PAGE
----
Place, publisher, year, edition, pages
2015. Vol. 51, no 1, 213-240 p.
Keyword [en]
stage-dependency, physically based parameterization, river routing, stream network, geomorphologic dispersion, hydraulics
National Category
Environmental Sciences
URN: urn:nbn:se:kth:diva-162977DOI: 10.1002/2014WR016279ISI: 000349889800013ScopusID: 2-s2.0-84923262181OAI: diva2:799607

QC 20150331

Available from: 2015-03-31 Created: 2015-03-26 Last updated: 2015-09-03Bibliographically approved
In thesis
1. Peakflow response of stream networks: implications of physical descriptions of streams and temporal change
Open this publication in new window or tab >>Peakflow response of stream networks: implications of physical descriptions of streams and temporal change
2015 (English)Doctoral thesis, comprehensive summary (Other academic)
Abstract [en]

Through distributed stream network routing, it has quantitatively been shown that the relationship between flow travel time and discharge varies strongly nonlinearly with stream stage and with catchment-specific properties.

Physically derived distributions of water travel times through a stream network were successfully used to parameterise the streamflow response function of a compartmental hydrological model. Predictions were found to improve compared to conventional statistically based parameterisation schemes, for most of the modelled scenarios, particularly for peakflow conditions.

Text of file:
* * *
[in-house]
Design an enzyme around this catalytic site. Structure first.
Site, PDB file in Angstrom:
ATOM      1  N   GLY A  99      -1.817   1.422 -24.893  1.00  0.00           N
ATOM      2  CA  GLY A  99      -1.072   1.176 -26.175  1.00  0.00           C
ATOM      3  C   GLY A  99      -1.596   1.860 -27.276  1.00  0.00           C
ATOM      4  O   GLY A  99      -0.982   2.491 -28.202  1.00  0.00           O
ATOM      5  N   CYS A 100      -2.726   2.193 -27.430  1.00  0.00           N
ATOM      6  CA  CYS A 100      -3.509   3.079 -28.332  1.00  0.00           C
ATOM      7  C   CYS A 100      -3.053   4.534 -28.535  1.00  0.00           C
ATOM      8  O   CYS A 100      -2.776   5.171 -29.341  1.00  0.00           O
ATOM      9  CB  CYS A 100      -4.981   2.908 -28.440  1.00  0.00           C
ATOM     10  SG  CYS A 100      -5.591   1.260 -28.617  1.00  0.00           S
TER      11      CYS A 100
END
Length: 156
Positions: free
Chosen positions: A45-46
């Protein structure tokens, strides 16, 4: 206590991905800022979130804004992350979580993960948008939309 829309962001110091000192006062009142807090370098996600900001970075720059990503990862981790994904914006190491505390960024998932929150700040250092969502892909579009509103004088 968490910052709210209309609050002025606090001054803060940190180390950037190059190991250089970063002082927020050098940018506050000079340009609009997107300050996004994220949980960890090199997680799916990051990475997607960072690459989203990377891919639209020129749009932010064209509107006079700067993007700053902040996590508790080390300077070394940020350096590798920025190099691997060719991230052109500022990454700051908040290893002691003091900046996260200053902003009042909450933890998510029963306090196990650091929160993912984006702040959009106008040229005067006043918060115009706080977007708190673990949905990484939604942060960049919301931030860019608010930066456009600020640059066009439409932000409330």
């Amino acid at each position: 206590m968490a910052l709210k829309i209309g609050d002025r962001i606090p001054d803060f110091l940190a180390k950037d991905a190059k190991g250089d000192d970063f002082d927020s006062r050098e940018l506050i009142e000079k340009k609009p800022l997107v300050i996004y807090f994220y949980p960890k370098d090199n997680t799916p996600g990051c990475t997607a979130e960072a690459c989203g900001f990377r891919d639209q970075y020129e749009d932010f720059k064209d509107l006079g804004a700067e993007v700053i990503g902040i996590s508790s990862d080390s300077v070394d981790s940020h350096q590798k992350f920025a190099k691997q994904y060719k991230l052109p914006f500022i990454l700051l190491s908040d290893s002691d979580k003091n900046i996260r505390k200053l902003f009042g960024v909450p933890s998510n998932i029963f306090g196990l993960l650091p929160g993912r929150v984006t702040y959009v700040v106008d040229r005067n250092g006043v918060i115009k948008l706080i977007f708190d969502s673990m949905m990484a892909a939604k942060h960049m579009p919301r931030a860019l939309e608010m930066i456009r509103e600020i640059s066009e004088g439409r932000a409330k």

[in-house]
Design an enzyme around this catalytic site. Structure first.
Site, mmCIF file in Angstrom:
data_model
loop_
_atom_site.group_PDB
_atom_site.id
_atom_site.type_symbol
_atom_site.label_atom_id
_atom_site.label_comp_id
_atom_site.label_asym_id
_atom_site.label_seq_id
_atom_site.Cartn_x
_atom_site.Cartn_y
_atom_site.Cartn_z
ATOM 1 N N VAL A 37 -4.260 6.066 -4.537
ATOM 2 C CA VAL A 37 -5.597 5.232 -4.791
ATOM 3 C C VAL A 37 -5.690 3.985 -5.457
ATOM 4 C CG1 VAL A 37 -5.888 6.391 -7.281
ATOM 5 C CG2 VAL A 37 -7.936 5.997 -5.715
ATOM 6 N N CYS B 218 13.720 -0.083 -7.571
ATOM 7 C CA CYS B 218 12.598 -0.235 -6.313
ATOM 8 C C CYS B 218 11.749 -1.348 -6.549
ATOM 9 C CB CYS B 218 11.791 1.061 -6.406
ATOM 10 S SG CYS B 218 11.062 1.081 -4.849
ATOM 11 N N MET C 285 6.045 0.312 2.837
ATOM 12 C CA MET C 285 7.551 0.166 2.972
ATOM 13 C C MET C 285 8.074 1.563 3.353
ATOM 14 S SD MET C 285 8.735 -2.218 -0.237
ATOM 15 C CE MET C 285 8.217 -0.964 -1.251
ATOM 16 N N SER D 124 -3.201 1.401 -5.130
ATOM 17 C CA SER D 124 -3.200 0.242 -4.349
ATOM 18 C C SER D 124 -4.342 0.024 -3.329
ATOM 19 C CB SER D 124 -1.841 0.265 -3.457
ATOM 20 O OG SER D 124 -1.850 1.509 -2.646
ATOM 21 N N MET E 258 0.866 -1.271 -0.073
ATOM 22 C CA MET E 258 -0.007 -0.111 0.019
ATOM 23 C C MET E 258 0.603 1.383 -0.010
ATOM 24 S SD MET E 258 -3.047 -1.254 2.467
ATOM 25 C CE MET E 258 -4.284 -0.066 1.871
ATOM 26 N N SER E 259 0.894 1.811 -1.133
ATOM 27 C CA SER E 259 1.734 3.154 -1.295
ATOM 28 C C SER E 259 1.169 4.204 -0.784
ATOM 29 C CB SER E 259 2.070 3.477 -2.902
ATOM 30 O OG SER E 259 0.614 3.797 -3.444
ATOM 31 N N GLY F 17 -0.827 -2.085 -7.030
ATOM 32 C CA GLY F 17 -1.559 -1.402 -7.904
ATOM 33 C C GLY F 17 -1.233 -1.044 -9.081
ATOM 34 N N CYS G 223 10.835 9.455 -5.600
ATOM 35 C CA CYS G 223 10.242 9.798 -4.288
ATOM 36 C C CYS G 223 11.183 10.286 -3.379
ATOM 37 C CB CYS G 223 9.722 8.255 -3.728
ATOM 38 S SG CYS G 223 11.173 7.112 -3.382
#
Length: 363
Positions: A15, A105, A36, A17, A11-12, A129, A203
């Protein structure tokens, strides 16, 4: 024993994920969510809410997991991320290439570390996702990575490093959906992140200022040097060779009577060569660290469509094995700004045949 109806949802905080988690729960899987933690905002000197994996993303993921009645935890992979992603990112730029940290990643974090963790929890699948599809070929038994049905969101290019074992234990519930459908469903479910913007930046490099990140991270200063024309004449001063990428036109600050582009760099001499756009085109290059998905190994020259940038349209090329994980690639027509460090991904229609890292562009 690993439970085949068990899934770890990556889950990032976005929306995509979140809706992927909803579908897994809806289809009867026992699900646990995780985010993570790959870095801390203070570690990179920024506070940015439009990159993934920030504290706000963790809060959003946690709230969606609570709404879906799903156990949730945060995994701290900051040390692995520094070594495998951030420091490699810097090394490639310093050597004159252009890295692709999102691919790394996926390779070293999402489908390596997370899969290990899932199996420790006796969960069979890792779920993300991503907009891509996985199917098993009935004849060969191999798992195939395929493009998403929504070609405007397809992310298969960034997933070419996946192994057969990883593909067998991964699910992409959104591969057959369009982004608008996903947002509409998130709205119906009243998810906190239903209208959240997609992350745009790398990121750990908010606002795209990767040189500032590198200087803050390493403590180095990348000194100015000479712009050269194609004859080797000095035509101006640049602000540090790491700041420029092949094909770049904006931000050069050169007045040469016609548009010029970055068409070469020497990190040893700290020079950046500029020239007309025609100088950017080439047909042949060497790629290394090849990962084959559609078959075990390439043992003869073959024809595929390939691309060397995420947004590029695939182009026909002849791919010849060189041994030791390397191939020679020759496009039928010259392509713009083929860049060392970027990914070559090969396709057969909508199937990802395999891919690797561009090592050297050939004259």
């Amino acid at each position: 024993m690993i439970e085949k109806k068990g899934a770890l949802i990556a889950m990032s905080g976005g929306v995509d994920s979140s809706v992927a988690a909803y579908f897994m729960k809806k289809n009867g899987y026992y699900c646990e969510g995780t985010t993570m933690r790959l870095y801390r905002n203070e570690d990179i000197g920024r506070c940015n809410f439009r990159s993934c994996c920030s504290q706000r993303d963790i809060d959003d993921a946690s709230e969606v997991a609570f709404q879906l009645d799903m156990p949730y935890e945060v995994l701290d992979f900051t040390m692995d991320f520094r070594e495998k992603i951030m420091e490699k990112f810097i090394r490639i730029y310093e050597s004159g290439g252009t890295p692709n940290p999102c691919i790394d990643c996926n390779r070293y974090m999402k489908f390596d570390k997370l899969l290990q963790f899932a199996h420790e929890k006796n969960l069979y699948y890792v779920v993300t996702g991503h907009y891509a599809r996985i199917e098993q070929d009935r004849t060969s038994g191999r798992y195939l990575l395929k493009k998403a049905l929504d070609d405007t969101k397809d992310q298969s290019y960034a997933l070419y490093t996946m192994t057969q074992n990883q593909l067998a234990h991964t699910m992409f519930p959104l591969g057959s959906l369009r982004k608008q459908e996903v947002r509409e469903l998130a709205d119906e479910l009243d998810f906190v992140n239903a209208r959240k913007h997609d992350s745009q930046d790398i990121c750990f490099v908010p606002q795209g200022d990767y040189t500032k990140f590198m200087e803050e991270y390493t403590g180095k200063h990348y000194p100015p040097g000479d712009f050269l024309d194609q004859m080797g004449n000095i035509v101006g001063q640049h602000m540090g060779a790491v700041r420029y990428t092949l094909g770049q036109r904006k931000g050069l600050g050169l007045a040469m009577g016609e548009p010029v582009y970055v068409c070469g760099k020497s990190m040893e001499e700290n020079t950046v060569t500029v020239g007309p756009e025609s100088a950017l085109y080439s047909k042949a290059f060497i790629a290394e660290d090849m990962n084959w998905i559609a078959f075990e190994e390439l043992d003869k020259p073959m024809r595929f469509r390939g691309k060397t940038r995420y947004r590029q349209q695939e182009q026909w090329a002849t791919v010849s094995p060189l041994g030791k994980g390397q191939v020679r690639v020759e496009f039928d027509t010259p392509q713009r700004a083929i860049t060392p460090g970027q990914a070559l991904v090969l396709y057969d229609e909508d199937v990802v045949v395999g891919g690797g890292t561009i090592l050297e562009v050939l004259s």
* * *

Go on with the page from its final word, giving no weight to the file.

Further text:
A Fourier spectral analysis of 55-110 years of daily discharge time series from 79 unregulated catchments in Sweden revealed that the discharge power spectral slope has gradually increased over time, with significant increases for 58 catchments. The results indicated that the catchment scaling function power spectrum had steepened in most of the catchments for which historical precipitation series were available. These results suggest that (local) land-use changes within the catchments may affect the discharge power spectra more significantly than changes in precipitation (climate change).